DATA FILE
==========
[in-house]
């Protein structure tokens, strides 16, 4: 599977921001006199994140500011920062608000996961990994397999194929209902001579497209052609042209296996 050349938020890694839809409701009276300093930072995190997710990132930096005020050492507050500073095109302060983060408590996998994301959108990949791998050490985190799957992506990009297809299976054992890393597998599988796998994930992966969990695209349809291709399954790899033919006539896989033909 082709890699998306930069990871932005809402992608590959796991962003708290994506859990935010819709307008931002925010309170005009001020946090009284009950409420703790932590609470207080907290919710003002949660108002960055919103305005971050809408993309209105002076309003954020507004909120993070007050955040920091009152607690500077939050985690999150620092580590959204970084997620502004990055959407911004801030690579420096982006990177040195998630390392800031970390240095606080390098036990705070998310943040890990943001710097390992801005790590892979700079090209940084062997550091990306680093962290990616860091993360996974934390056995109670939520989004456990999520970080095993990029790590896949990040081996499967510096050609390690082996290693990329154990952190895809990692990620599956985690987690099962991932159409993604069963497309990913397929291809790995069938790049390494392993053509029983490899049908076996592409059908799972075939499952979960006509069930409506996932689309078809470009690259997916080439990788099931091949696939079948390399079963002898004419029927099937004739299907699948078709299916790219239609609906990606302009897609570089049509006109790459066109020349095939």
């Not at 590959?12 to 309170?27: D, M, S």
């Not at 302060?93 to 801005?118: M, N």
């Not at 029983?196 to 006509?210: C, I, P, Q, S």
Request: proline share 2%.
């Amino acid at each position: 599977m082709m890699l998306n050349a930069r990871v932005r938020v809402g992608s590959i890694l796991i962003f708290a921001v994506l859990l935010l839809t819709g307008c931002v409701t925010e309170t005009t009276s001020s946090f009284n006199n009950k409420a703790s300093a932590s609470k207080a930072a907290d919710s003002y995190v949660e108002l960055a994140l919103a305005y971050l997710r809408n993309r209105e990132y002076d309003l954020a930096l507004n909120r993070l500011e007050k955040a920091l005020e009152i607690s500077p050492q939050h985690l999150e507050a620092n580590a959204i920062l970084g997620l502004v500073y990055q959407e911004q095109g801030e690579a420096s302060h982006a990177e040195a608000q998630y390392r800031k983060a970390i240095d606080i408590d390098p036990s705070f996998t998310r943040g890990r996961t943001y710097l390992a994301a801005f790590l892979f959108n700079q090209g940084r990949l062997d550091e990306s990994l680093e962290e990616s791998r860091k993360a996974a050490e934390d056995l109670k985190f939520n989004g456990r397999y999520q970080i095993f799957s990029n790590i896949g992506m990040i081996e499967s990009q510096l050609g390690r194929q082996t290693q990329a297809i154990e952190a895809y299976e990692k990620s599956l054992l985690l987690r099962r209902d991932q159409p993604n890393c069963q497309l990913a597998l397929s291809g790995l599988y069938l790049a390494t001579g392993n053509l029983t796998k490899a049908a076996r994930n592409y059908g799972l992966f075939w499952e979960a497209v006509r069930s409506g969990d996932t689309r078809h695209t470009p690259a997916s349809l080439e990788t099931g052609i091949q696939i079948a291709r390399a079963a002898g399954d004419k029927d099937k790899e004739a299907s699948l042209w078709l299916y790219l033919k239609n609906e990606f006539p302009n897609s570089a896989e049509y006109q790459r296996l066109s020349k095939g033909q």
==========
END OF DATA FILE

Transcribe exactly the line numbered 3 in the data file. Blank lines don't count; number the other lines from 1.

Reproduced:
């Not at 590959?12 to 309170?27: D, M, S």